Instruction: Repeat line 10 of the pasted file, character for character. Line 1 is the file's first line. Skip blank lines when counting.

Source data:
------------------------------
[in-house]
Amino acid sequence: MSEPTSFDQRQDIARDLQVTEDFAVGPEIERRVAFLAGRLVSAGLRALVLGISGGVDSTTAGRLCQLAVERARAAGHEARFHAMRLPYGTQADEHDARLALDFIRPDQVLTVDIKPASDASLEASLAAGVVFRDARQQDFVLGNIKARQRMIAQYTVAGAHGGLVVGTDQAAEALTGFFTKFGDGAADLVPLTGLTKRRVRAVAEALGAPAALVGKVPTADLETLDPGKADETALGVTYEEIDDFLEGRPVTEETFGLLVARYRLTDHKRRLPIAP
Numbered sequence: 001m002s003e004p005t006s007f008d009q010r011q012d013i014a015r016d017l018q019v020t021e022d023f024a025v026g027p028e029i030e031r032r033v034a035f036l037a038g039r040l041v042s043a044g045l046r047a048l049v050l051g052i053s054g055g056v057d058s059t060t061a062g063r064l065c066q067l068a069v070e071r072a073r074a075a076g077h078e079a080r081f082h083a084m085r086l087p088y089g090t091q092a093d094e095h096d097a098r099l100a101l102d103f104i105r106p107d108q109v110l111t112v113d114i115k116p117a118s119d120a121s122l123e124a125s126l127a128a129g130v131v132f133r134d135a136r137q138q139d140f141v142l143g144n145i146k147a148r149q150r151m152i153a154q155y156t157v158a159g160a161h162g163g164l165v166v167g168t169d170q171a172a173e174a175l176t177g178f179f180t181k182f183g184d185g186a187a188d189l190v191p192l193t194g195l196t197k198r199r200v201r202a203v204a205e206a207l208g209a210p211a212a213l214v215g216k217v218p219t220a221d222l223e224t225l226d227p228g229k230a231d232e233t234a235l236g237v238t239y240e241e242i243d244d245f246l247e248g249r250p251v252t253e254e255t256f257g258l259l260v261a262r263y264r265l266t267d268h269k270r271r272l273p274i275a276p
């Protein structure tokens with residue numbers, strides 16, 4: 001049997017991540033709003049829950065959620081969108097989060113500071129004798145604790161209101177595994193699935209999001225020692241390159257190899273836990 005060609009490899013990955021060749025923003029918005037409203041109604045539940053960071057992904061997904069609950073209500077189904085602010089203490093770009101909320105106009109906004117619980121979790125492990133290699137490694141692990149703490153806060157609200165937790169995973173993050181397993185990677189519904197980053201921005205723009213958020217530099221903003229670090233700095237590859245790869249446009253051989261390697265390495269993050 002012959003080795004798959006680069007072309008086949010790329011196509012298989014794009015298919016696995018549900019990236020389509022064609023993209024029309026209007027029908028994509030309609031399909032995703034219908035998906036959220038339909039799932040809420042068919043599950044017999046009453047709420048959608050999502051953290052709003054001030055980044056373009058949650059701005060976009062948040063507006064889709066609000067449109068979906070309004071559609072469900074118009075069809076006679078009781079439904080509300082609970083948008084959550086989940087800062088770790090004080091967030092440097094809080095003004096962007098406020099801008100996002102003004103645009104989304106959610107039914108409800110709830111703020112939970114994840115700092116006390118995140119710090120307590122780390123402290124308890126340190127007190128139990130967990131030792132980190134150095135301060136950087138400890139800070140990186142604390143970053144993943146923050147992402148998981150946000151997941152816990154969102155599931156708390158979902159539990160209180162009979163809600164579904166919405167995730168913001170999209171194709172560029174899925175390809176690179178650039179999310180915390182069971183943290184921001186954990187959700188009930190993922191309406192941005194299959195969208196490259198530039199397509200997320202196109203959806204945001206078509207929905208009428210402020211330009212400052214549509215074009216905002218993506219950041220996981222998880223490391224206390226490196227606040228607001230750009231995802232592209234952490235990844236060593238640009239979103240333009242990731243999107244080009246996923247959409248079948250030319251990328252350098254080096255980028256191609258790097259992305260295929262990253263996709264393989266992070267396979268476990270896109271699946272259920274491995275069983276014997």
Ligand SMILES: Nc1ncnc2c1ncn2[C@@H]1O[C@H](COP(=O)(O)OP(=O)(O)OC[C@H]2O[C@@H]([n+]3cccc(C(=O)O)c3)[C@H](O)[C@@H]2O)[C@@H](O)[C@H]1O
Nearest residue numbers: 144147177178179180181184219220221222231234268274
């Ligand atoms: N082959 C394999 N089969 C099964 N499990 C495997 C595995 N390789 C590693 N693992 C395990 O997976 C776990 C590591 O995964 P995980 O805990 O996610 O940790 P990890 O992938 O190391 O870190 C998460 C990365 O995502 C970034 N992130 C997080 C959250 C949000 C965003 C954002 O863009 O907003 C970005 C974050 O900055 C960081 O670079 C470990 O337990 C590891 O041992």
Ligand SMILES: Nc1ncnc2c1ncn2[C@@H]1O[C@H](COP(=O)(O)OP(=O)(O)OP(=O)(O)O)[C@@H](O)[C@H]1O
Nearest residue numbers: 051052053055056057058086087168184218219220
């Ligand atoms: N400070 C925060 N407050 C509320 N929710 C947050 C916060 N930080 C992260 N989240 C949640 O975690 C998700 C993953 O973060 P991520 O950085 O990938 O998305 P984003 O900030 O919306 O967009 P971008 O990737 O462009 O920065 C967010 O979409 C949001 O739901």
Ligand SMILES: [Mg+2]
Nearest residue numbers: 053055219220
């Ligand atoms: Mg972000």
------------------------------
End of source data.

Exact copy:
């Ligand atoms: N400070 C925060 N407050 C509320 N929710 C947050 C916060 N930080 C992260 N989240 C949640 O975690 C998700 C993953 O973060 P991520 O950085 O990938 O998305 P984003 O900030 O919306 O967009 P971008 O990737 O462009 O920065 C967010 O979409 C949001 O739901």